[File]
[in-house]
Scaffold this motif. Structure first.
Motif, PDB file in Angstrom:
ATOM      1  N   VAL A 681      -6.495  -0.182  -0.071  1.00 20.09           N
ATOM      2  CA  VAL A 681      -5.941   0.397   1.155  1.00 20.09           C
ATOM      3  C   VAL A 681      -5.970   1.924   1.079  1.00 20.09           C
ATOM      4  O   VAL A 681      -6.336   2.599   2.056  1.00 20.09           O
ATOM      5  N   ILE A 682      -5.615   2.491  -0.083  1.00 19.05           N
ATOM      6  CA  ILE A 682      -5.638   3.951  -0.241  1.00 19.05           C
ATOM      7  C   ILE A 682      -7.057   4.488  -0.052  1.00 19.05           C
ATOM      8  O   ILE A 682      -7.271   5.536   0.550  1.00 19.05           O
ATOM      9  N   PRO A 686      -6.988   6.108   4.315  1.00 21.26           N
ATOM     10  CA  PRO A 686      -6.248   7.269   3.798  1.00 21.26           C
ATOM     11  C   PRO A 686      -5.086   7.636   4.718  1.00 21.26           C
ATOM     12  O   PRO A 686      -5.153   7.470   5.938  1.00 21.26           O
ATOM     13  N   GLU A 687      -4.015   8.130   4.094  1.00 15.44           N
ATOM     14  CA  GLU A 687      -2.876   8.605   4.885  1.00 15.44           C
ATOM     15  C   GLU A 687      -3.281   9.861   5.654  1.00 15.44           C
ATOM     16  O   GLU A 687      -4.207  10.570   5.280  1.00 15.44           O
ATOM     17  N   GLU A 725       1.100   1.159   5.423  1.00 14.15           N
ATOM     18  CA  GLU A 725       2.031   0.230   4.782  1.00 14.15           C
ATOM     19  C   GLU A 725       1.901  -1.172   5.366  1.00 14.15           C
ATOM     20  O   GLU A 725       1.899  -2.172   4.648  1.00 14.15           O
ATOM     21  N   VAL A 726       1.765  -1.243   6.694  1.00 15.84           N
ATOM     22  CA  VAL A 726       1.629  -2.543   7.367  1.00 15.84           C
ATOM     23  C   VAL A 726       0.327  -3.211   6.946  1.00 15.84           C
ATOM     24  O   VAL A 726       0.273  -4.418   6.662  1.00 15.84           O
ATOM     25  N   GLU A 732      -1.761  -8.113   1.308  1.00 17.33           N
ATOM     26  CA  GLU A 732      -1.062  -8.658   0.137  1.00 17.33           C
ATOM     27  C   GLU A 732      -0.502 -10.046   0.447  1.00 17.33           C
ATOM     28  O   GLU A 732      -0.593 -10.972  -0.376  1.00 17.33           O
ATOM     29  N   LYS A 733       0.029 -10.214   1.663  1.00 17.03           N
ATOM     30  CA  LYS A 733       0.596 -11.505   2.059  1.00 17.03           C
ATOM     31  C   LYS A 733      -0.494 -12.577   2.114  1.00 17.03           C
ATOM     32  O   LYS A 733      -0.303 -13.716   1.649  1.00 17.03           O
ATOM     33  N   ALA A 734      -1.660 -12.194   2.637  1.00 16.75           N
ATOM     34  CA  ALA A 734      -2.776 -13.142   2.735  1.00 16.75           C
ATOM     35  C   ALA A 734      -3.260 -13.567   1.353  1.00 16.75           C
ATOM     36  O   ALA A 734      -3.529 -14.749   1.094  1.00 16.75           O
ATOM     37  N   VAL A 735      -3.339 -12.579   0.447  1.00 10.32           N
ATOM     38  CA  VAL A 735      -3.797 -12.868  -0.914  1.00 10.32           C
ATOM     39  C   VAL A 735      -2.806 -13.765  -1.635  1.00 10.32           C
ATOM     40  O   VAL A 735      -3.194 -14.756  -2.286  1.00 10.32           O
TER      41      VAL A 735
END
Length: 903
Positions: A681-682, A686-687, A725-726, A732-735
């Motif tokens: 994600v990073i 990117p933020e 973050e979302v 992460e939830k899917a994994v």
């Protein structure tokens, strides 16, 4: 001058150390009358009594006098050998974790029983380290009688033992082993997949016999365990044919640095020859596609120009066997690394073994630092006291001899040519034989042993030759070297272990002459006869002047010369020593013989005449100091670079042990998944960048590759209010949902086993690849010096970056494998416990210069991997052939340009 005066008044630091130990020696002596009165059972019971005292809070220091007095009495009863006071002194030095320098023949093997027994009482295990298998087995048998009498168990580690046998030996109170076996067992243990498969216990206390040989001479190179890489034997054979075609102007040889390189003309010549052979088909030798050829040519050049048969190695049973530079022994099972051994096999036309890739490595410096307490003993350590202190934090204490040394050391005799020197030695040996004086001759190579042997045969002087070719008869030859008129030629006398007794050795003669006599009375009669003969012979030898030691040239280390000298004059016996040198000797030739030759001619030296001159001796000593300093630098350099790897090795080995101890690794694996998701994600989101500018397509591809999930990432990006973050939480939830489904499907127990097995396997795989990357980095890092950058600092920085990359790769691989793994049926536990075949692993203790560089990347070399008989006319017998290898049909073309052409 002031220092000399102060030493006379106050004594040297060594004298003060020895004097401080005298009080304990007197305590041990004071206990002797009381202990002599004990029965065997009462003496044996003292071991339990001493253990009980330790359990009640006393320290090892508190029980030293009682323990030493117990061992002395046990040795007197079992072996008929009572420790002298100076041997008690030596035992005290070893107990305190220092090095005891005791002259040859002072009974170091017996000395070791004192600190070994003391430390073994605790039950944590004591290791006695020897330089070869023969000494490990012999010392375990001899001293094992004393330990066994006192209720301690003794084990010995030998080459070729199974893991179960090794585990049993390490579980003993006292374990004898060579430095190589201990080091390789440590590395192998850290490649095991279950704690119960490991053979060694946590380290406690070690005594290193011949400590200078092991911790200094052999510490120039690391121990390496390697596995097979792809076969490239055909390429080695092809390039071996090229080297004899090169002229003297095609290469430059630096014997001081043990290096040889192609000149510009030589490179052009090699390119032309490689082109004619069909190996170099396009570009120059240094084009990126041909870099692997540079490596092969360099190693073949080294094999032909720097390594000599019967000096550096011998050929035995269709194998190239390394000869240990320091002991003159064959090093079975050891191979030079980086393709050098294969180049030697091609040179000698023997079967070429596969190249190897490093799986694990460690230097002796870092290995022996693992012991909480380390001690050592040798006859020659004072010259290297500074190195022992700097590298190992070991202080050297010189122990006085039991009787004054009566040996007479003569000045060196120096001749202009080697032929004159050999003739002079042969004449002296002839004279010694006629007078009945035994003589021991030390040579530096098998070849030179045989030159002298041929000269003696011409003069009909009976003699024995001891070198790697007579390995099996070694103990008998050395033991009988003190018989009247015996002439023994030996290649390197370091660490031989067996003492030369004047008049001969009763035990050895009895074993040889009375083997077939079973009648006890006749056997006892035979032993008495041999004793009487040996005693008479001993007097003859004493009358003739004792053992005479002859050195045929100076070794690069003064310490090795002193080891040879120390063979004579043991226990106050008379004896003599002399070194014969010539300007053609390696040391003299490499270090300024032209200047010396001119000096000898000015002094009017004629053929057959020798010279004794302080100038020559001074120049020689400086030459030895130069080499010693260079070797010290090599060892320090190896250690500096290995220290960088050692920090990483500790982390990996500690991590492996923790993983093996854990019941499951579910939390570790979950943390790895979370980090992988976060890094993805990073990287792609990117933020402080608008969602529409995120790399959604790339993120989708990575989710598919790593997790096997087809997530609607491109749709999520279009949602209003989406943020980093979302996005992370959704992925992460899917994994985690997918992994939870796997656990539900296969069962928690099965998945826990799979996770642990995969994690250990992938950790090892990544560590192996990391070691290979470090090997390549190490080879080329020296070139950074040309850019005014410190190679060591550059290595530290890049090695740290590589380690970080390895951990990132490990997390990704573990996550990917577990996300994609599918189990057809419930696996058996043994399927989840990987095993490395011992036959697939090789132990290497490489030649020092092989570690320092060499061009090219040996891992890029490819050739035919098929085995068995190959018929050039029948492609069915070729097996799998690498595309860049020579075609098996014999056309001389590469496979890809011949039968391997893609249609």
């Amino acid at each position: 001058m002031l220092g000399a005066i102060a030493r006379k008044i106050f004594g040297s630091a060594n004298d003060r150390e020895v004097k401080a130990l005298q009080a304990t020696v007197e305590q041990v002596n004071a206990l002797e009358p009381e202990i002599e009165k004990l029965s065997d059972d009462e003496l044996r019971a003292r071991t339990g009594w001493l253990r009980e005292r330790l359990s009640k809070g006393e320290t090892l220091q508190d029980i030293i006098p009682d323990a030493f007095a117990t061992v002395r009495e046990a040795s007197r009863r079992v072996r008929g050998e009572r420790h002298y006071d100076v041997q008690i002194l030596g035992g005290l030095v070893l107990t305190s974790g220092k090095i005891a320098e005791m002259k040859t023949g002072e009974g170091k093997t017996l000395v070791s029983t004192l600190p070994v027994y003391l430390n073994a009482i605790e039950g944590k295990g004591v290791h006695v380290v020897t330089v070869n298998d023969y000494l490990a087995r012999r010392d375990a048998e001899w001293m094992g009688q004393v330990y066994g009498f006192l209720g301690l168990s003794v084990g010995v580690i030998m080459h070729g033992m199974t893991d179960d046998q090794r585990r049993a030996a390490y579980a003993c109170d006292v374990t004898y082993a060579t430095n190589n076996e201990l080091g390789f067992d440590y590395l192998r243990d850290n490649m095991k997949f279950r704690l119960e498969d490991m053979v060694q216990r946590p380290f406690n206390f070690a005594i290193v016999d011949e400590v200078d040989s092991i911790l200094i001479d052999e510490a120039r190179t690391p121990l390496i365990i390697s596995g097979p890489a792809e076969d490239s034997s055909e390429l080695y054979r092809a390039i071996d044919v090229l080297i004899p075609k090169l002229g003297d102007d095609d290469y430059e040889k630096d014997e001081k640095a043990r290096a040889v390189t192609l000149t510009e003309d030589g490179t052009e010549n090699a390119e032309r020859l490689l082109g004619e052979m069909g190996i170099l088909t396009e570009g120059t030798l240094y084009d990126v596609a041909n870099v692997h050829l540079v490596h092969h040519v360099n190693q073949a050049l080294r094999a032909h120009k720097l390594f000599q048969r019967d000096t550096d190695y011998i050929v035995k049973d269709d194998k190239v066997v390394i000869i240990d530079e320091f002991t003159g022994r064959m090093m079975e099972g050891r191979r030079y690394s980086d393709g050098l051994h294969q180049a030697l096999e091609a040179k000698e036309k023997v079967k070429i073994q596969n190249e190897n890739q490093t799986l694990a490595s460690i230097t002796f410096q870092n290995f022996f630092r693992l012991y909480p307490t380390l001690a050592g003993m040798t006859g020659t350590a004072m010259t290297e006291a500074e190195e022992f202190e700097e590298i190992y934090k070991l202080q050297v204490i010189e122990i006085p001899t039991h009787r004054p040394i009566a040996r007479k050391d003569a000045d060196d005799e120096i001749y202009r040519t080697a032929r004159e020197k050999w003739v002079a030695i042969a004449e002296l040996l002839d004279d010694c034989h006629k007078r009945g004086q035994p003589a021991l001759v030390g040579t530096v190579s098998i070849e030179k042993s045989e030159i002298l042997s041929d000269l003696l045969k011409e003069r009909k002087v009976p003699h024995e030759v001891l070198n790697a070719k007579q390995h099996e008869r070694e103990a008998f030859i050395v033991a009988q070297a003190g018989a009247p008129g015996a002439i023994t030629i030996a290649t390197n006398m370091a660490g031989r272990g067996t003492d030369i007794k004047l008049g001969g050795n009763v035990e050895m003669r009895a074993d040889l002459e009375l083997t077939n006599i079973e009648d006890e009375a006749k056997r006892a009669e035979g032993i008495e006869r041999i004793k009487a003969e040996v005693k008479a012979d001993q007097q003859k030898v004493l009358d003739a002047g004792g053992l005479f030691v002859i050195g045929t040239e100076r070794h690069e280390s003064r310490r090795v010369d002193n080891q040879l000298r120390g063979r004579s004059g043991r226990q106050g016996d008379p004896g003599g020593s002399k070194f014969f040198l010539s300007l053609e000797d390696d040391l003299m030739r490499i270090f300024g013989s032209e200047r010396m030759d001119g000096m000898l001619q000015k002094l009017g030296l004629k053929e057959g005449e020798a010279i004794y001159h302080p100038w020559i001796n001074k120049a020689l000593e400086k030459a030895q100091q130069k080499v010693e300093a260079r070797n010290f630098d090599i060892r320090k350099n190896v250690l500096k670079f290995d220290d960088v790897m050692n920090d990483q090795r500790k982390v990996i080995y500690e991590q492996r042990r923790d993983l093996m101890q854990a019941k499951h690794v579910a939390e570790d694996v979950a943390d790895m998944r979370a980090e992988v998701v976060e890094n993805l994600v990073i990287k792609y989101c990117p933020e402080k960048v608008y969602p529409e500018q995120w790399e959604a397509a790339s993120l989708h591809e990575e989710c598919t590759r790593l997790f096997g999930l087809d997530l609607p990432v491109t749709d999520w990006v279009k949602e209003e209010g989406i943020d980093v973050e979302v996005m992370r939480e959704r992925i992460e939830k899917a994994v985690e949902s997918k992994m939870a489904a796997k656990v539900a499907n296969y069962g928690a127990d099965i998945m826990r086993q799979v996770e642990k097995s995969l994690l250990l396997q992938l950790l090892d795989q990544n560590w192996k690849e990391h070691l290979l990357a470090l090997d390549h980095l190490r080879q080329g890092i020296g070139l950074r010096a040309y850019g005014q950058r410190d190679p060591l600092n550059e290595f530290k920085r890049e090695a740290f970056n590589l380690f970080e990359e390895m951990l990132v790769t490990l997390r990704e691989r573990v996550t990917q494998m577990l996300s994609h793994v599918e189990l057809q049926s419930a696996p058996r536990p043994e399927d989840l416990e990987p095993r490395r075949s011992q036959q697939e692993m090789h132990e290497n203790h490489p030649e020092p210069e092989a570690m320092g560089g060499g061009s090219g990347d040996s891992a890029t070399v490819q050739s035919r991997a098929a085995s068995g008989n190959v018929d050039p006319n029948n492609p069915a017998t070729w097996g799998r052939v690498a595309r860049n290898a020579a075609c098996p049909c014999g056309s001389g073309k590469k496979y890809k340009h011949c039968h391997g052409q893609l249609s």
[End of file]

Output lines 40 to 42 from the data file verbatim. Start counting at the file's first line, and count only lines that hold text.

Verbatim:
ATOM     37  N   VAL A 735      -3.339 -12.579   0.447  1.00 10.32           N
ATOM     38  CA  VAL A 735      -3.797 -12.868  -0.914  1.00 10.32           C
ATOM     39  C   VAL A 735      -2.806 -13.765  -1.635  1.00 10.32           C